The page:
On October 1, several media outlets reported that Armita fell, unconscious, on the platform of Tehran’s Shohada metro station after being assaulted for not wearing a headscarf by an enforcer of compulsory hijab laws. She was taken to a hospital where she remained in a coma for 28 days. Security forces at the hospital prevented visitors and others from recording videos. They also reportedly prevented the girl’s family and friends from speaking to independent media outlets.
During her October 29 burial, authorities reportedly assaulted mourners and arrested dozens of people, including human rights lawyer Nasrin Sotoudeh. Reza Khandan, Sotoudeh’s husband, said that as of October 31, at least 23 women protesters remain detained in Qarchack prison in southern Tehran.
Journalists have faced reprisals for reporting on Armita’s situation. On October 2, authorities briefly arrested Maryam Lotfi, a reporter with Shargh Daily newspaper, who was reporting from the hospital. On October 28, after Armita’s death, Fars News reported that the prosecutor’s office charged journalists Milad Alavi and Sara Masoumi, political commentator Sadegh Ziba Kalam, and others “for claiming Garawand was assaulted.”
Authorities said Armita fell due to a “sudden drop in blood pressure,” and on October 5 and 6, IRNA published interviews with her parents and classmates, as well as those who they said were present at the scene, supporting the government narrative. The outlet also published a video of Armita and her friends walking to the train and Armita falling near the train moments after entering.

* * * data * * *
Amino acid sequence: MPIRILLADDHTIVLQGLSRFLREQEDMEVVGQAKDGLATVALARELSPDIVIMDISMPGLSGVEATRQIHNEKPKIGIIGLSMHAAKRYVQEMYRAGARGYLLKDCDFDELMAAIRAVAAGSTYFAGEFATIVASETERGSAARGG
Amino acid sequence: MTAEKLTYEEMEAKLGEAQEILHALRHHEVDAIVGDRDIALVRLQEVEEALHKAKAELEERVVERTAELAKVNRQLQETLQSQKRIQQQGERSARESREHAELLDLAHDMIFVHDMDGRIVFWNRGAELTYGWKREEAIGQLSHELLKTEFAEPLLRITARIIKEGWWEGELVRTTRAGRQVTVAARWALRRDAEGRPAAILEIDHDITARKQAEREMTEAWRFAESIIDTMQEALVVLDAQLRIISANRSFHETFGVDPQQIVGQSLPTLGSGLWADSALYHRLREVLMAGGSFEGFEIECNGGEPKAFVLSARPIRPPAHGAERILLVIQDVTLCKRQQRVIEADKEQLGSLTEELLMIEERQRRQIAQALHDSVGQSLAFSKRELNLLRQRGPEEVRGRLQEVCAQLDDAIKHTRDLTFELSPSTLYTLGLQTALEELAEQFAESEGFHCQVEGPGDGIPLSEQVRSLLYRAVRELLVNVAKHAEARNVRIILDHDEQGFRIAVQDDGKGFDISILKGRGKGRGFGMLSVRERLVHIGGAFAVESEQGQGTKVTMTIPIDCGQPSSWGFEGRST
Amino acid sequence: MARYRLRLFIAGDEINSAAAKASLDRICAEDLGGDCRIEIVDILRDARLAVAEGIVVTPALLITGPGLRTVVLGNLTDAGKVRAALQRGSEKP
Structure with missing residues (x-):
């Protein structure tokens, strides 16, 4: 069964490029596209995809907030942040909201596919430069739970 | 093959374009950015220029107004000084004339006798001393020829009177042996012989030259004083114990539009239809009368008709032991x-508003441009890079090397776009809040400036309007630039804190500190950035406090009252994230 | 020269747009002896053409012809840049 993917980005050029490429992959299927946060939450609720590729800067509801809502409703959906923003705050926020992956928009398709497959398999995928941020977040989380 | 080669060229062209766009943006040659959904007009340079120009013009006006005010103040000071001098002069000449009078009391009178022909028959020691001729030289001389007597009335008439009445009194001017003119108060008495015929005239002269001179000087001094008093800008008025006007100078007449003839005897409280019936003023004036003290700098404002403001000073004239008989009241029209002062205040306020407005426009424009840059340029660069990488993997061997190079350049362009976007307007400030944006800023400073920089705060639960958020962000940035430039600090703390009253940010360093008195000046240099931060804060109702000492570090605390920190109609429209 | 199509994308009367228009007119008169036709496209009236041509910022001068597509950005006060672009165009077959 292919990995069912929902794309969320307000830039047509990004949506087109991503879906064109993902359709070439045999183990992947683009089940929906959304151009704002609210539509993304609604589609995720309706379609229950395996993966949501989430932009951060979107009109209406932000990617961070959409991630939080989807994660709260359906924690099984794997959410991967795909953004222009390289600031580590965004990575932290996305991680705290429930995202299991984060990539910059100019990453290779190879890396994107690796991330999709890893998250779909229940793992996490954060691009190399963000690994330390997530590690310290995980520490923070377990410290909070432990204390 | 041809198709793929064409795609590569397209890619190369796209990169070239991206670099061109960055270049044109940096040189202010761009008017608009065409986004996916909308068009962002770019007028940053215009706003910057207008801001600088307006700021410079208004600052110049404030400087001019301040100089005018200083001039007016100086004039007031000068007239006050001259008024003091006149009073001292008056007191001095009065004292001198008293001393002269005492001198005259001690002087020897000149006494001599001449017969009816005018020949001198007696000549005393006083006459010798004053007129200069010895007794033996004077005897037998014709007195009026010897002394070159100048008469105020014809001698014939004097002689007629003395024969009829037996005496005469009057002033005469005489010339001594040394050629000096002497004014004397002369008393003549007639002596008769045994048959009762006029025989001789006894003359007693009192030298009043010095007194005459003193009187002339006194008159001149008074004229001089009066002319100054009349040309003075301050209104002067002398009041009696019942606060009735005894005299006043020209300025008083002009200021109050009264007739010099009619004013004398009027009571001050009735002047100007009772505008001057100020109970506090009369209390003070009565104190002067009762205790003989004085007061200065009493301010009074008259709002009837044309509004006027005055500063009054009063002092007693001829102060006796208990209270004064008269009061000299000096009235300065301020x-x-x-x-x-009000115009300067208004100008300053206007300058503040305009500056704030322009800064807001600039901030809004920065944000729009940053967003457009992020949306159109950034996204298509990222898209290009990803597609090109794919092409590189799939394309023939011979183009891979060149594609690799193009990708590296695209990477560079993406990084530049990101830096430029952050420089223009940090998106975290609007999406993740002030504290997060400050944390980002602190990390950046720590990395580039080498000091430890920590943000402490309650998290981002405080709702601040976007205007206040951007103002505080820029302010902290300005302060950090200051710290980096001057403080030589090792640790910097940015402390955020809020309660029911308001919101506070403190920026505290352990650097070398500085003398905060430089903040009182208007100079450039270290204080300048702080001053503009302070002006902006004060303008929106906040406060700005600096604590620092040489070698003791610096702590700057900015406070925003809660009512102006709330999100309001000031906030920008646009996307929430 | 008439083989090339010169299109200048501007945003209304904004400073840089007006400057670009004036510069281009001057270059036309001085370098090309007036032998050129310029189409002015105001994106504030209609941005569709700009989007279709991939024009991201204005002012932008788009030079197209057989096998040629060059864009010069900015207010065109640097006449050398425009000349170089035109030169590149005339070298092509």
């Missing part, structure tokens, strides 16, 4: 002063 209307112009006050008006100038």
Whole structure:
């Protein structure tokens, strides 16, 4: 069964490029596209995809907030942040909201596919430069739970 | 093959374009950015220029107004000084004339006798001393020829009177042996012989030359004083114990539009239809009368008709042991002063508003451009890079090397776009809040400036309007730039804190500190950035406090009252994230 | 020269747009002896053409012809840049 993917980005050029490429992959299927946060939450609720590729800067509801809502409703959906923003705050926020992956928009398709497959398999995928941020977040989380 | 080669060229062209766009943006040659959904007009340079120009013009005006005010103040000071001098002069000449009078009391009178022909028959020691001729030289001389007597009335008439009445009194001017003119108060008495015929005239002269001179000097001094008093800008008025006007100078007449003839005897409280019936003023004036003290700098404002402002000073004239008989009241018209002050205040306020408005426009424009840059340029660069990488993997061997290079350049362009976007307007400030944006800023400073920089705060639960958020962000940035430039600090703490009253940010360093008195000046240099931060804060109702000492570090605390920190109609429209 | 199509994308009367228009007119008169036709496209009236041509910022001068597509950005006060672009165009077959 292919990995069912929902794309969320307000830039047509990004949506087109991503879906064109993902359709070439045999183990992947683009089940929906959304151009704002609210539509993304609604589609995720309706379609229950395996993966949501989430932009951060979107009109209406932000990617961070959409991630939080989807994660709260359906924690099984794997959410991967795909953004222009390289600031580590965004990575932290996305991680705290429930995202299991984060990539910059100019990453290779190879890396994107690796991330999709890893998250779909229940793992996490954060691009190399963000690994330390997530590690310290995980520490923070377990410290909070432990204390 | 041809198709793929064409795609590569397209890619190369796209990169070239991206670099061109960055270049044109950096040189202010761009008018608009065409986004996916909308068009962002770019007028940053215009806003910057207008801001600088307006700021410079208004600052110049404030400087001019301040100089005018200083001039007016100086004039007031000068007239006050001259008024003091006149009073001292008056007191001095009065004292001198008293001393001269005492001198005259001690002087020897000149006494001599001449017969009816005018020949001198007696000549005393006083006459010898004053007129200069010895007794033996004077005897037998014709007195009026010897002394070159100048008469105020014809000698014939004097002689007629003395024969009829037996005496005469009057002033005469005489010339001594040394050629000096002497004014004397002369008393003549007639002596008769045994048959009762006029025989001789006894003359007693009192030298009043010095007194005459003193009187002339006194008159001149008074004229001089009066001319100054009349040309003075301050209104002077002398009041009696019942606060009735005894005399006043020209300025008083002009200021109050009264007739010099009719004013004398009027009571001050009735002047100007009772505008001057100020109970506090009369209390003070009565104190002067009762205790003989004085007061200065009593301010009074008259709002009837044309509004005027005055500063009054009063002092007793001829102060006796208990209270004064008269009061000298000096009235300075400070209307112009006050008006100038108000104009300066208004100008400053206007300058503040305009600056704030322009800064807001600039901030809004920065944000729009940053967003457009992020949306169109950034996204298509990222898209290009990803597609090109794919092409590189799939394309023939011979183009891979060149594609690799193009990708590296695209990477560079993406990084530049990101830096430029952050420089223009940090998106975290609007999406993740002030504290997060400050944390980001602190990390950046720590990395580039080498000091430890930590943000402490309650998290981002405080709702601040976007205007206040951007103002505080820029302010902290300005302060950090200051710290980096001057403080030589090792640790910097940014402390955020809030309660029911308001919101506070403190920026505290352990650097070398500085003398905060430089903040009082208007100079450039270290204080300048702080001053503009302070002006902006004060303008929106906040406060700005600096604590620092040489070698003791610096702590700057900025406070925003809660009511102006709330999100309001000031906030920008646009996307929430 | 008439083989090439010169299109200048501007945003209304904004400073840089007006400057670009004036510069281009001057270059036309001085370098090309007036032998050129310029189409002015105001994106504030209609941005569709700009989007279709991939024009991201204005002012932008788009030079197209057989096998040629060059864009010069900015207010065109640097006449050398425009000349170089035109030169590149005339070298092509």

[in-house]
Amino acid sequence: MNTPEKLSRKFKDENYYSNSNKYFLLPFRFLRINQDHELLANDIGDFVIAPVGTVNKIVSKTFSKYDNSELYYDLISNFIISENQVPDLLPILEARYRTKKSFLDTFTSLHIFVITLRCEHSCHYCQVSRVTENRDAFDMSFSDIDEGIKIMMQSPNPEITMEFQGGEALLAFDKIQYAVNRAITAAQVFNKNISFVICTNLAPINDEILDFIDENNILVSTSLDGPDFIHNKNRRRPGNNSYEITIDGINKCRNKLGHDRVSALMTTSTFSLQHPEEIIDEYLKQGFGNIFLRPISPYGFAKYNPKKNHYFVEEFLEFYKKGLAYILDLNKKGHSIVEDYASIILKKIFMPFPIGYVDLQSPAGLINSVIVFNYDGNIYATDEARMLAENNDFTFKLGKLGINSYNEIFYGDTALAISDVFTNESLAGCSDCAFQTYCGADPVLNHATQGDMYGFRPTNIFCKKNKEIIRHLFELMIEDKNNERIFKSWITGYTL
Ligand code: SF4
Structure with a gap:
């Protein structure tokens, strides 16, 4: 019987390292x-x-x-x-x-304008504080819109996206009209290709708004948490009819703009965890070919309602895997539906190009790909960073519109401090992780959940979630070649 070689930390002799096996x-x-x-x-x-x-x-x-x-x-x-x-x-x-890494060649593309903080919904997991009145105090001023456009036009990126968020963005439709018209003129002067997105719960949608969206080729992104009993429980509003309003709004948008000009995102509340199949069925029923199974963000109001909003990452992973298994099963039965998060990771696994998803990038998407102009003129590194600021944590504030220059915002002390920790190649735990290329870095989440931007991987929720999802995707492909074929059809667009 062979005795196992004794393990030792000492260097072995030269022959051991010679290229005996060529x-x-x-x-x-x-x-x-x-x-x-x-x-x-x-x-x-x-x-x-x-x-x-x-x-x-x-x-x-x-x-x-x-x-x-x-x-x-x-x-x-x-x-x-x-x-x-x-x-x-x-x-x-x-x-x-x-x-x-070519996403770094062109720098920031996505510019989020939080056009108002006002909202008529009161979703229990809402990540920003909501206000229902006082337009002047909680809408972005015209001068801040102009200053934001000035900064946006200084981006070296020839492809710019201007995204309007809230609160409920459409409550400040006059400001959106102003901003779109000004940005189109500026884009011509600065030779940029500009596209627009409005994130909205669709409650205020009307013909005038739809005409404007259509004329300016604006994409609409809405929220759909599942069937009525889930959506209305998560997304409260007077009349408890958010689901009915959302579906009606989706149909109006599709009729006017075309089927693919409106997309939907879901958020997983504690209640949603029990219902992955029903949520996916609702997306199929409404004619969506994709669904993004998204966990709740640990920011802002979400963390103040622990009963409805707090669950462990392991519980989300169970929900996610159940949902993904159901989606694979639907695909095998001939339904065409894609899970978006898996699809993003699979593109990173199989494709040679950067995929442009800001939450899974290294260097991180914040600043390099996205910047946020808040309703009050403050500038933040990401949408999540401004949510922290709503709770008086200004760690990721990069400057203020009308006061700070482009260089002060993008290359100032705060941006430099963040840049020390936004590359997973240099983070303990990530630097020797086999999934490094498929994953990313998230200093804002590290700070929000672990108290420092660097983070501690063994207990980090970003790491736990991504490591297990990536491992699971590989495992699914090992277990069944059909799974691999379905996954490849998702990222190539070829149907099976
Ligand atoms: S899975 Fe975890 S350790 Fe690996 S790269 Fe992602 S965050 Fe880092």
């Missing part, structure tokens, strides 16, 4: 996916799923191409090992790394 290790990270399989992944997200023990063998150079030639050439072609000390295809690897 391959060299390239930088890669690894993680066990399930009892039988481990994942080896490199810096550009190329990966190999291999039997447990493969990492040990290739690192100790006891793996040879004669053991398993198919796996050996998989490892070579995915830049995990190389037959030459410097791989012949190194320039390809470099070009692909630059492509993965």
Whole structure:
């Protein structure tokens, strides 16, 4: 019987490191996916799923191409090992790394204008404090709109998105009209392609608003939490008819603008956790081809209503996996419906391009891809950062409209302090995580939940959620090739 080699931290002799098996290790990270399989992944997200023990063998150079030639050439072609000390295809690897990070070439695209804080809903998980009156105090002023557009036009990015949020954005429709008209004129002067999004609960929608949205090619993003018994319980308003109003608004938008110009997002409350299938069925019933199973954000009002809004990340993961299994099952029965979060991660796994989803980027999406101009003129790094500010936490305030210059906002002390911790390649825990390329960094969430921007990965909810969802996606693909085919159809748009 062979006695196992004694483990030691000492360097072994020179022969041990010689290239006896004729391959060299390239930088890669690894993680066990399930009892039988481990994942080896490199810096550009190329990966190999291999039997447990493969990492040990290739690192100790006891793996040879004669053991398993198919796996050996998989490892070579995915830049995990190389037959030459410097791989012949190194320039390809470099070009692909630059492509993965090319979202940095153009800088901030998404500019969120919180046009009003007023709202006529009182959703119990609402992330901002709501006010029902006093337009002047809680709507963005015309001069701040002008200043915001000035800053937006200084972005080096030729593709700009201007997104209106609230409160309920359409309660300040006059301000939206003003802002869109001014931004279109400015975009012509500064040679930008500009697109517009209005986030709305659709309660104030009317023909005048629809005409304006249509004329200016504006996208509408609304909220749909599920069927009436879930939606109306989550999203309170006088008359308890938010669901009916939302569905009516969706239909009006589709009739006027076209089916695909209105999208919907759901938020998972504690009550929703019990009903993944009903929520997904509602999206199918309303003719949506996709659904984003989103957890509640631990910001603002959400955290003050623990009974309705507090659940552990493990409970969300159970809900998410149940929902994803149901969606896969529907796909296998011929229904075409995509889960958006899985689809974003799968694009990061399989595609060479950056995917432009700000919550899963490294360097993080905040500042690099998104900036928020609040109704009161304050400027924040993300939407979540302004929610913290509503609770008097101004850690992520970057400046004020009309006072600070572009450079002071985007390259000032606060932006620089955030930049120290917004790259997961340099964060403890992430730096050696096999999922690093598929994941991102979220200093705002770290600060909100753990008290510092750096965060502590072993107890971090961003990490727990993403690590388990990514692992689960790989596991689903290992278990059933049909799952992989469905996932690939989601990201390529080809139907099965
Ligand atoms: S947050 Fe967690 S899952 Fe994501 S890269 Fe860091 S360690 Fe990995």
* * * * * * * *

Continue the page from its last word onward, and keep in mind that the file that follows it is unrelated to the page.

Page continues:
Iran’s official news outlets have a long history of parading critics of the government and their family members on national TV, where they are forced to make so-called “confessions” or public statements.
Iranian authorities have repeatedly made false claims to cover up serious abuses.
Last September, the death in custody of 22-year-old Mahsa Jina Amini led to nationwide anti-government protests that authorities brutally repressed, including by killing and torturing children. For decades, Iranian authorities’ violent enforcement of compulsory hijab laws has harmed women and girls.
An independent investigation, including by the United Nations Independent International Fact-Finding Mission, is essential to shed light on Armita Garawand’s death. Concerned governments should press Iranian authorities to allow investigators, human rights defenders, and journalists to speak to witnesses of abuses directly without fear of reprisals.